The parish fish fry is a tradition in New Orleans during Lent, raising funds for churches large and small. And I don’t think I’ve ever been disappointed in the crispy catfish and creamy baked macaroni and cheese that are staples at these events.
But the fish fry on Friday at the Lantern Light Ministry at St. Joseph’s Church, 1803 Gravier St., promises to be something extra-special.
This year, the cooking is courtesy of more than a dozen chefs, many of whom have appeared on the Food Network show “Chopped.” And when you stop by Friday, between 11 a.m. and 4 p.m., you might meet one.
Celebrity chefs include Matt Murphy of Irish House, Tariq Hanna of Sucre, Chuck Subra of JW Marriott, René Bajeux of René Bistrot, Matt Murphy of Irish House, New Orleans firefighter and Manning’s cook Mike Gowland and many others.
“The proceeds of the fish fry will go to help with outreach to the working poor,” said Sister Vera Butler of the Presentation Sisters, who operate Lantern Light Ministry’s Rebuild Center at St. Joseph’s Church.
“We help them with basic services to get them back on their feet: daily lunches Monday through Friday, help with IDs and birth certificates, a place to receive mail, help with prescriptions,” Butler said.
Ten dollars buys a plate of fried catfish, three-cheese baked macaroni, bread and a drink.
For customers, “this is a great way of helping others while they enjoy a great meal,” Butler said.
“And Sucre is providing the dessert,” she added: bananas Foster bread pudding.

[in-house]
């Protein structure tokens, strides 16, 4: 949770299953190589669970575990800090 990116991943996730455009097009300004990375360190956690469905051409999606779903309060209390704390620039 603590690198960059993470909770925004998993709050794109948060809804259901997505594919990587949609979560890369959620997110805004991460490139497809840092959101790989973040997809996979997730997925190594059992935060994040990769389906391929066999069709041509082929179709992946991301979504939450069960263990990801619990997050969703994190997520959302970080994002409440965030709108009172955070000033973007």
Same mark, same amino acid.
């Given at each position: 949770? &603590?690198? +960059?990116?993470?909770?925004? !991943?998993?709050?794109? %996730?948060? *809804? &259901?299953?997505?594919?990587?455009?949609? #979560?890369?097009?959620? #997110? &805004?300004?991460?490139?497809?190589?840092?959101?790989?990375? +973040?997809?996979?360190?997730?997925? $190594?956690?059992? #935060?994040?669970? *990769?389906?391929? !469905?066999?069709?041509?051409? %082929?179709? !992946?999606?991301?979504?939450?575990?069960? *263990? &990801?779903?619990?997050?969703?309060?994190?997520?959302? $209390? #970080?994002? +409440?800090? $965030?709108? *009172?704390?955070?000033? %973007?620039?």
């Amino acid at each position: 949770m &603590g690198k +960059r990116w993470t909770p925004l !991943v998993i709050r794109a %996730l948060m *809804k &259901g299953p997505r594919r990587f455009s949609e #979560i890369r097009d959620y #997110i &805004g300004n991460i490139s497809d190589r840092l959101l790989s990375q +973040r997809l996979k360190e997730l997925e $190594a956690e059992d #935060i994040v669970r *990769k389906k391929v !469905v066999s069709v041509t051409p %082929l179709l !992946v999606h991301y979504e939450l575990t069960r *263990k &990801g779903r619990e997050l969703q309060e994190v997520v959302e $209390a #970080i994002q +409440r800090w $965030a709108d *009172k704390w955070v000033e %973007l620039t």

Order ahead at (504) 273-5573 to pick up plate lunches between 11 a.m. and 1 p.m. Walk-in lunches will be sold from noon to 4 p.m.
When it’s time to run or walk off some of those extra calories, the New Orleans legal community has the perfect venue.
Loyola Law School is sponsoring the Race Judicata on March 9 at Audubon Park. It’s a fun run, walk and 5K race to benefit Boys Hope Girls Hope of Greater New Orleans.
Sign up before March 7 by calling (504) 484-7744.
Due to illness, unemployment, relocation or other reasons, some families can’t provide children the structure and support they need to thrive academically.
Boys Hope Girls Hope steps in to work hand-in-hand with the parents and guardians of bright, motivate needy children, operating two residences in Mid-City that provide a structured, values-centered place to live and learn while they go to school.
The race will offer prizes for the best finishing times, and fun new awards for best team name, best-dressed runner, best-dressed team and, yes, best-dressed pet.
For more information, call (504) 484-7744.
Annette Sisco is community news editor. She can be reached at firstname.lastname@example.org.